Nothing ruins a good novel or collection of stories quite as well as a glowing review. So when Nick Flynn calls John D’Agata’s latest book of creative nonfiction, About A Mountain, “utterly amazing” and Ben Marcus raves, “Here is the literary essay raised to the highest form of art,” I’m settled in for smug disappointment. It is, after all, a book about nuclear waste. How good could it be?
But then I’m 50 pages in and I cannot breathe. I do that thing where you put the book down because you’re so excited that it’s impossible to slow yourself down enough to read each word, but then immediately pick it back up again because you can’t bear to stop. I finish the last of the book’s exactly 200 pages that same afternoon, read each and every end note (33 pages worth), and then look at my hands, unsure of what to do with them.
What I’m saying is it may be impossible to overstate how compelling this book is.
About A Mountain is “about” Las Vegas’ Yucca Mountain—the proposed site to store the country’s nuclear waste—inasmuch as White Teeth is “about” dental hygiene. The book covers topics as diverse as gambling, suicide, suburban sprawl, congressional inefficiency, soft money campaign contributions, the history of Las Vegas, linguistics, and even Edward Munic’s “The Scream” (which gets almost an entire chapter). Yucca Mountain is not the subject so much as a jumping off point and the tension between the text and the title is the tension of the book–an attempt to condense, limit, and make sense of subjects that are relentlessly expanding, impossibly tangled, and flat out baffling. This is, in other words, a book-length nonfiction poem, artfully juxtaposing a set of images and ideas with little transition or resolution and demanding a greater deal of reader participation. D’Agata has MFAs in both nonfiction and poetry from Iowa and it shows. This is cubism for creative nonfiction.
Part of what makes the book so compelling is the details of these subjects. I’m not sure what type of person is inherently interested in the particulars of safely storing nuclear waste, but the particulars, it turns out, are fascinating. Let’s say, for example, you are the U.S. government and you want to store the country’s 45,000 tons of nuclear waste (to take the lowest estimate) for 10,000 years (lowest estimate again). You don’t want anyone accidently releasing the toxic waste so you decide to, you know, put up a sign to tell people that this storage facility is dangerous, unsafe, etc. Now, keeping in mind that this sign has to last 10,000 years, that whoever is around in 10,000 years needs to understand it, that only fifteen percent of people in the world can speak Mandarin (the most popular language), and that most people who can speak English today can’t read middle English much less old English (which is only one thousand years old)—keeping all this in mind: What do you write on the sign? What language do you put it in? And what material or metal can you even make it out of?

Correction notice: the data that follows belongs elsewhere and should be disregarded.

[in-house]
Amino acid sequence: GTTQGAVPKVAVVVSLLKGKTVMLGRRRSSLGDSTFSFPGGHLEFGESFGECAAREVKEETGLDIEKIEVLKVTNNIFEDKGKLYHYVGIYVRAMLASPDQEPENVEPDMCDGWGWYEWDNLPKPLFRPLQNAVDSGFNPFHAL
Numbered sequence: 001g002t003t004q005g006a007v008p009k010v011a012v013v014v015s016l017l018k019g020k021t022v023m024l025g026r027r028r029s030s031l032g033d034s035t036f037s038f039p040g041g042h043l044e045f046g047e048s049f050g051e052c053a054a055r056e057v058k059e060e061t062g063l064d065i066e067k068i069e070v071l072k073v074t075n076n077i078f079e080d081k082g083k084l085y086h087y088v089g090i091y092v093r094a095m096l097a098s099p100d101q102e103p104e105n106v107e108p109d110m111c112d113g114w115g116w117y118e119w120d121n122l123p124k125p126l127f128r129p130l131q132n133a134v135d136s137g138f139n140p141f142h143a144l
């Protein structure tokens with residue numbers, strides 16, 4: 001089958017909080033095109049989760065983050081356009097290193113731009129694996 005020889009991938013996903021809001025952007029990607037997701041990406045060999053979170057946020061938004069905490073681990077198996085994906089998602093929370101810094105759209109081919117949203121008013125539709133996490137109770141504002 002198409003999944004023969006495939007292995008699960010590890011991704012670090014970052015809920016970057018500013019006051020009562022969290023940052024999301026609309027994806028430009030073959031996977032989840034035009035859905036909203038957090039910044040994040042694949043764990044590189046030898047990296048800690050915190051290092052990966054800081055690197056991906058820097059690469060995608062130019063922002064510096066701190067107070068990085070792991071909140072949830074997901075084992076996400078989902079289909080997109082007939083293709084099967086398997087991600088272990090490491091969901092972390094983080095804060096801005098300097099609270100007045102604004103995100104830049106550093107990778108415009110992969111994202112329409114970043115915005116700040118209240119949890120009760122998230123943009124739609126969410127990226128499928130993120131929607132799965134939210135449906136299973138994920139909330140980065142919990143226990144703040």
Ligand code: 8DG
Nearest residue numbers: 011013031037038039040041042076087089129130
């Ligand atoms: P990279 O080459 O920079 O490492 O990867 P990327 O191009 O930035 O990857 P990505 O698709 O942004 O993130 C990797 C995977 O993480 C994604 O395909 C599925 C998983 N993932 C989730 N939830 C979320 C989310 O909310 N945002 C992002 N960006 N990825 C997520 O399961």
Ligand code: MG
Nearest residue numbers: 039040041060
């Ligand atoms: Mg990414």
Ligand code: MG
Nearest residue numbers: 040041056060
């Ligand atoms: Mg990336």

And if that thought experiment isn’t enough, the way D’Agata writes about these subjects is even more compelling. Most writers, having stumbled on such interesting subject matter, would sit back, content to let it speak for itself. Not D’Agata. Over and over he leaves the narrative to more fully convey an image or idea, often digressing pages at a time so that the reader not only understands a concept, she feels it as well. He spends several hundred words, for example, listing the ways in which the earth has changed in the last 10,000 so that you feel just how long that really is. And he takes eleven full pages to trace exactly what would happen if even just one of the 3,000 trucks that, in theory, would be arriving in Las Vegas every year with nuclear waste were to get in an accident and release a toxic gas. He details everything that would become contaminated: every nut securing every bolt connecting each green reflective street sign to the highway’s sides; every button in every elevator in every hotel in the affected area; “All 1,987 pages in the local Las Vegas phone book,” which he describes (the phonebook, that is) for a page and a half, quoting specific ads. D’Agata refuses to continue his story until he’s absolutely sure you’ve got his point; and it’s to the book’s credit that it eschews a linear approach to such an over-determined set of concerns.
And even the discussion surrounding the book is a subject of interest in itself. On a basic level, the world of creative nonfiction splits into two camps: the “creative” and the “nonfiction” (to put it simply). The first group emphasizes emotional truth whereas the second sticks to hard facts. It’s a question of ethics and art. Each has their literary journal of choice, their own heroes and villains, and, oh yeah, the two sides hate each other. D’Agata tries to play to both at the same time by bending the truth here and there for the sake of art while painstakingly listing each and every date-change or composite character in the end notes. But, judging by the reviews, he managed to piss of just about everyone for it (even The Rumpus questioned an excerpt). In many ways, reading the competing reviews after you finish almost as fun as reading the book itself.
And it is this experimentation with genre and form, combined with the grave and urgent nature of the subject matter (which refuses to go away, despite Congress’ decision to reject Yucca Mountain as a site to store nuclear waste) that make it not only a compelling book, but an important one. Immediately after finishing it for the first time I wanted to tell everyone I knew about it, I wanted to buy seven or 12 copies of the book and hand it out to friends, family, strangers, enemies. Mostly though, I just wanted to read it again.